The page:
Most left-leaning people tend not to like Libertarians all that much. Or at least the left that we live with today. The reason for this is pretty straight forward. Libertarians are people (broadly speaking) who want as limited a government as possible. They acknowledge some government is necessary–“Men are not angels,” as Madison would say–, but they would much prefer for the government to just stay out of everyone’s business.
It’s worth reinforcing the point that Libertarians are not anarchists. The majority of Libertarians consent to some vestiges of government control. Generally this is relegated to matters of security, both domestic and international. We should have a police force and a military to protect us from our neighbors, foreign and domestic. But beyond this, most Libertarians are opposed to government interference.
Liberals of any stripe will tend to disagree with this. They believe there is a role for government in education. They believe their is a role for government in facilitating the arts. They believe there is a role for government in helping lift people out of the lower classes of society. They see government as a vehicle through which tremendous good can be done for the benefit of society as a whole.
So here is my question. If you were given a million dollars with the explicit instructions to lift as many people out of abject poverty as you can, how would you do it?
Now the reason I ask this question is because I think virtually everyone agrees that suffering is bad. It may be an inherent aspect of existence (I think so), but we should still limit it to the extent that we can. Where people disagree is on how we achieve that. Libertarians would say it should be done privately, while liberals believe the government should play a massive role.
In holding this belief, whether liberals are conscious of this or not, they take a rather pessimistic view of human nature. In believing the government ought to act as a charity, two critical assumptions are made: (1) Unless people are forced to give money (taxes) to help others, they won’t do it. And (2), people who are currently suffering do not have it within themselves to do anything about their suffering. To be clear, I’m not saying these assumptions are incorrect, necessarily. Both certainly are true in some instances. But I am making note of the underlying assumptions of a more liberal worldview: that not only can we (individuals) not lift ourselves up, others aren’t willing to help us unless they are compelled to do so.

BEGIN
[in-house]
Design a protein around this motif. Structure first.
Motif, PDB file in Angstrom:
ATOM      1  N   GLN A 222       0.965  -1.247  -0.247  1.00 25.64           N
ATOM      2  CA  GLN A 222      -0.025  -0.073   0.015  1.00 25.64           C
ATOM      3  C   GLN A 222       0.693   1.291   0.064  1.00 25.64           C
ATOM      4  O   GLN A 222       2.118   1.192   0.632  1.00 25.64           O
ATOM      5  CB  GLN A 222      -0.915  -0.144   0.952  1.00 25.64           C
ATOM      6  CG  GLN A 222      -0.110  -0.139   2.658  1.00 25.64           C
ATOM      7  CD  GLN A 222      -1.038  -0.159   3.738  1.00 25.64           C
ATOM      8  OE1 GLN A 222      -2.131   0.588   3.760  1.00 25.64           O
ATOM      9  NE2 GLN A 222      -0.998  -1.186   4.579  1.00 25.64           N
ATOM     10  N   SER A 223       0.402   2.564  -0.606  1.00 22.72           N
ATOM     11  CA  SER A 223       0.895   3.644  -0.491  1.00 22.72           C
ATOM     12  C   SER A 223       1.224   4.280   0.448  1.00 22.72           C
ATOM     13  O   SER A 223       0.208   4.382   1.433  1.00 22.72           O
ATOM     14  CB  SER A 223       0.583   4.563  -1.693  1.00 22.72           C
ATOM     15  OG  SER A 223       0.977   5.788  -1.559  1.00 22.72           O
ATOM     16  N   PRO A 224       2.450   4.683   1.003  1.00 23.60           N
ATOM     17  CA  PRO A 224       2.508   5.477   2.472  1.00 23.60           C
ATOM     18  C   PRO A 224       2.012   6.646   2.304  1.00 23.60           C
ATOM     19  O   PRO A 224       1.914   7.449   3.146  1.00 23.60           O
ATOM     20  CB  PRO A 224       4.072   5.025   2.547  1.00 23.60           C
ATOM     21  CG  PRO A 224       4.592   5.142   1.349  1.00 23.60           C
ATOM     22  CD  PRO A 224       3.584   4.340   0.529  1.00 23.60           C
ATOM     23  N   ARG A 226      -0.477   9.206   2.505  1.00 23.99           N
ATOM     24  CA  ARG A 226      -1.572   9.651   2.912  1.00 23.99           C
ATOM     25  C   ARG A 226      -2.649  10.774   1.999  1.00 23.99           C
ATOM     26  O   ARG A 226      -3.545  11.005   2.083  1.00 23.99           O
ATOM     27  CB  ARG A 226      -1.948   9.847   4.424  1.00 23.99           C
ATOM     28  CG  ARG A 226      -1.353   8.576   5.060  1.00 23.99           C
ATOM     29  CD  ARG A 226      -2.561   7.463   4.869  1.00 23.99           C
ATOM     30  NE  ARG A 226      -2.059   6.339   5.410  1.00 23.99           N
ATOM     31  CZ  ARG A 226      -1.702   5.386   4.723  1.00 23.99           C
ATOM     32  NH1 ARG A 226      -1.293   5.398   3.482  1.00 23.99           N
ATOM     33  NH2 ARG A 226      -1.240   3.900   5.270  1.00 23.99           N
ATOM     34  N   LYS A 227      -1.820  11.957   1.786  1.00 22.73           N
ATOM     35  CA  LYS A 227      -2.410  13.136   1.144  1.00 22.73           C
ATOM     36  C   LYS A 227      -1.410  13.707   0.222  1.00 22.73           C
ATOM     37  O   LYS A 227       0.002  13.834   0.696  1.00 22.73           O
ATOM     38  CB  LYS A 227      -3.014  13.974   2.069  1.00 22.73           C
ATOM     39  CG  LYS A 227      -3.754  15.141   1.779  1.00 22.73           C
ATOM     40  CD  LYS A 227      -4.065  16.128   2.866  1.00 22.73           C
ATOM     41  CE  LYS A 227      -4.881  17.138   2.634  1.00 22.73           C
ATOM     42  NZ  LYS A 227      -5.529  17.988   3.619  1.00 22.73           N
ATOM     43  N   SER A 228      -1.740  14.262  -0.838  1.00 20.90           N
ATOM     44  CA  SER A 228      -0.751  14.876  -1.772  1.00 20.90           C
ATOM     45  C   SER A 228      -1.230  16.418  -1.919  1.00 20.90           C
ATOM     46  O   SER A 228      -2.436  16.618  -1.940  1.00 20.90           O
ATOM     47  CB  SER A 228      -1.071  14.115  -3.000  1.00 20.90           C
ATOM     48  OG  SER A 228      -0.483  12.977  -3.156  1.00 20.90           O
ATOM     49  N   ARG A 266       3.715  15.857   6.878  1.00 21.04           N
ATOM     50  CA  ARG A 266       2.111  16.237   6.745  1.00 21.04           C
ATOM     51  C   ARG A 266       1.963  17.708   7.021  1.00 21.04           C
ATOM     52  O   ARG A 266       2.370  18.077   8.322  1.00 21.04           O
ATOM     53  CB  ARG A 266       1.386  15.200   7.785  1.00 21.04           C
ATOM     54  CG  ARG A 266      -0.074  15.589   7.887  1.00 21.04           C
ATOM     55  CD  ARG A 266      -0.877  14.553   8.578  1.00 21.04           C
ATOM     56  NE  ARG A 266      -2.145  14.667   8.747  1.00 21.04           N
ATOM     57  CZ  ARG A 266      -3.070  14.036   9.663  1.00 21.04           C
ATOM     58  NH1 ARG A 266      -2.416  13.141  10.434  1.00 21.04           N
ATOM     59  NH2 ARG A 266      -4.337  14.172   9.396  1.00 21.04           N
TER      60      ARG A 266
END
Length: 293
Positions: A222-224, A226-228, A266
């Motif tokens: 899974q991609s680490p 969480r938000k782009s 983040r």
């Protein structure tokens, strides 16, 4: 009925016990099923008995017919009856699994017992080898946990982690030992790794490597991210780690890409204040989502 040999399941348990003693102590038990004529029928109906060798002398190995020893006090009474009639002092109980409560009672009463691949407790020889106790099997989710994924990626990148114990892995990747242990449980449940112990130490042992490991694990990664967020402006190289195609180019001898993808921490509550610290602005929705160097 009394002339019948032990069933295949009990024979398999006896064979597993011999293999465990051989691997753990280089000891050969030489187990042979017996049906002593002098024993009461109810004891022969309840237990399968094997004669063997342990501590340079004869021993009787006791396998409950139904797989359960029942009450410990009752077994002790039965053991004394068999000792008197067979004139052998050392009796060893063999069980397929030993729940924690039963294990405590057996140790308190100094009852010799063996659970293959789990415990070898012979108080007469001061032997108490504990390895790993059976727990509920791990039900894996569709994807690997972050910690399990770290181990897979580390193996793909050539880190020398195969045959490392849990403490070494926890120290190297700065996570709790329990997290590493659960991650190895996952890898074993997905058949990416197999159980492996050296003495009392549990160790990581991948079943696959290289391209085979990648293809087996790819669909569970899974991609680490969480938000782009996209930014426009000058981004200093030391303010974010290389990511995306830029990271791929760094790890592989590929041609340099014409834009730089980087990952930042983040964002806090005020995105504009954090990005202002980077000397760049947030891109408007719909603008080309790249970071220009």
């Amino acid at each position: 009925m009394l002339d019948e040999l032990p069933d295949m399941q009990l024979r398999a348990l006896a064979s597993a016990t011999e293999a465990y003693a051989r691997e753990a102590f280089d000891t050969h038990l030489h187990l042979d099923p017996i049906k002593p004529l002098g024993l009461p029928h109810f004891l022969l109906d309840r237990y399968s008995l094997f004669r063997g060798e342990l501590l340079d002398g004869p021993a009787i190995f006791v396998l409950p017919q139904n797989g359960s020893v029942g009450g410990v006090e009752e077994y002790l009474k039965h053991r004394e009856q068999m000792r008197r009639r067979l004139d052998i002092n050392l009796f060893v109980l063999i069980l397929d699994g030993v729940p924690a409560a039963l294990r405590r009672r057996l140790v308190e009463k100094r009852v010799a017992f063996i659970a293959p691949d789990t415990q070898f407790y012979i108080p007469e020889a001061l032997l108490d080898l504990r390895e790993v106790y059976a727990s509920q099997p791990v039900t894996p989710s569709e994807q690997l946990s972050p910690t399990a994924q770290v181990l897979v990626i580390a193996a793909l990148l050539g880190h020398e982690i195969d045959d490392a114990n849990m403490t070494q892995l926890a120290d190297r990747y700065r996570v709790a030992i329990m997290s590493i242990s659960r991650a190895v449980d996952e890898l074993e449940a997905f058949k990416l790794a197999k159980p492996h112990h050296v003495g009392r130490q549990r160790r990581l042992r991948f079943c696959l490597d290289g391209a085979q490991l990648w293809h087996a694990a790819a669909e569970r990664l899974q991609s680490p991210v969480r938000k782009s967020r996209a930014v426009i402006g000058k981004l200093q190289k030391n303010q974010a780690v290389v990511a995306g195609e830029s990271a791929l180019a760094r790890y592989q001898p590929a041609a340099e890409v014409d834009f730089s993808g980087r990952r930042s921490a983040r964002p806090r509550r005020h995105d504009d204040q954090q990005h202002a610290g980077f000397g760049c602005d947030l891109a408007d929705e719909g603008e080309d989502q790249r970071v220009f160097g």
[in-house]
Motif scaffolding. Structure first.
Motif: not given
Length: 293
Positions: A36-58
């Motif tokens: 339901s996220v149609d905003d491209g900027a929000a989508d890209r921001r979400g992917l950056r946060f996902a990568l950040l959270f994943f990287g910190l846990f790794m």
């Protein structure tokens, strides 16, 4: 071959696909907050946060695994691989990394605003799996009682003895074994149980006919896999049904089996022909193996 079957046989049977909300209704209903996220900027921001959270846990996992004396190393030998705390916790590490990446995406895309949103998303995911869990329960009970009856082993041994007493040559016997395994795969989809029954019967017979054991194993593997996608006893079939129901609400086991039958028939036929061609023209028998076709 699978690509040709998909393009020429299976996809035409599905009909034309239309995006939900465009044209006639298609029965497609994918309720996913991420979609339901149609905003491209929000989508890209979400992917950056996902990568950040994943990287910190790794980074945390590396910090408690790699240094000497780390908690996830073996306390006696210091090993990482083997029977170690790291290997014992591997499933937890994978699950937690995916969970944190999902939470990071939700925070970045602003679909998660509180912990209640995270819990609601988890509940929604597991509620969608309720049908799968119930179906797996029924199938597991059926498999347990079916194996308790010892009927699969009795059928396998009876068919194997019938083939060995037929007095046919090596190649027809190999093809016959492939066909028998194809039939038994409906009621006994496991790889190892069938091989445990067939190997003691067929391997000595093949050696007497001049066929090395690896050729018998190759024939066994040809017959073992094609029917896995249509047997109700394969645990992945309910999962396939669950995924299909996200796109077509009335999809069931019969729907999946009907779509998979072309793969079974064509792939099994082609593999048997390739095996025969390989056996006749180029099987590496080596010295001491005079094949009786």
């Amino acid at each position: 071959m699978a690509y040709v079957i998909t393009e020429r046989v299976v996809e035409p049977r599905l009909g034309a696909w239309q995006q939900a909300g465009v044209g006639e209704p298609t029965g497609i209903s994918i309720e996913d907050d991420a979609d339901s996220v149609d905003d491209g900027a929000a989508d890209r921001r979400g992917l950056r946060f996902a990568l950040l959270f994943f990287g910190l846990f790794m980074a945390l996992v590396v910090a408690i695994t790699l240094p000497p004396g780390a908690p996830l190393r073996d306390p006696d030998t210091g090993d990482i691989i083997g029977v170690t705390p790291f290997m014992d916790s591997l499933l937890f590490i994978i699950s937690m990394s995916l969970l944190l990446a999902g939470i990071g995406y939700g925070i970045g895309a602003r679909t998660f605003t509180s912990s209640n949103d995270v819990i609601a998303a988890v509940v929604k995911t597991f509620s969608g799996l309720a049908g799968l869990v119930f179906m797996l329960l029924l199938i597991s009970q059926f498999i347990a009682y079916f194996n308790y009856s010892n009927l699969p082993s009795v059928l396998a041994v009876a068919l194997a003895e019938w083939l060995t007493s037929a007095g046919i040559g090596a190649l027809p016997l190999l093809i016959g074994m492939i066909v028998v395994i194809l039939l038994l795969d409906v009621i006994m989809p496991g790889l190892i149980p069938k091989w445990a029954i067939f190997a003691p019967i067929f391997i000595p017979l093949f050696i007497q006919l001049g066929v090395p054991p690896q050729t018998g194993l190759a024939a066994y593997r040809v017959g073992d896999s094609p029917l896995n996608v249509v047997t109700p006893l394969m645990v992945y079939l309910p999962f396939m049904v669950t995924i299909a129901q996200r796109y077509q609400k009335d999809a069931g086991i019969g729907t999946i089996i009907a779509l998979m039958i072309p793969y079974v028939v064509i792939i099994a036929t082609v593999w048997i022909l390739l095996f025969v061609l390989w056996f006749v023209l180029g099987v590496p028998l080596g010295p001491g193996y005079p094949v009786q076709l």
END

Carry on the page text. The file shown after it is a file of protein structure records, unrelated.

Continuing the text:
Back to my original question. You have a million dollars. You live in America. How do you maximize the number of people you help with that million dollars?
Well, I don’t know about you, but there is absolutely no way I would pour that million dollars into the government. Let’s say I spent $100,000 to run a congressional campaign. It was my first go of it, so I probably lose. But, my name recognition and connections skyrocket, so I try again. This time I spend $150,000. By some stroke of luck, I get elected. Then what? Then I have to work with 434 members who DO NOT share many of my beliefs (some who even hate me) and find a way to work with them. We pass a few bills that do some good, but are ultimately riddled with half-steps and compromises because that’s what’s necessary in government. Then the political pendulum swing back in the other direction (as it always does) and I am no longer a part of the majority. The new majority undermines the programs I helped implement, making them weak and ineffective. I am resolved to continue fighting for these programs because I truly believe they help people. So I use the rest of my money for subsequent reelection campaigns and this process goes on repeating itself until I retire.
Or, I could do absolutely nothing and simply donate the million dollars to Oxfam. That would roughly be enough to build 125 water wells in villages across the globe, thereby giving upwards of 250,000 people access to clean water for 20 years.
The point I’m trying to make here is that people keep beating their heads against a brick wall trying to make the government a piggy-bank for the poor. But the system of government in the US really isn’t designed for that. It’s designed to prevent too much power from accumulating in the hands of any one person or groups. Thus it is a slog to do anything, and it requires consensus building across a wide range of ideologies—many of which vehemently disagree with the piggy-bank approach. If your true goal is to limit the suffering in this world, to lift people from the dredges and give them new life, that’s wonderful. That’s a goal more people should aspire to. But ask yourself, truly ask yourself, if the government is the best way to maximize your impact on the world, or if perhaps you could do even more good another way.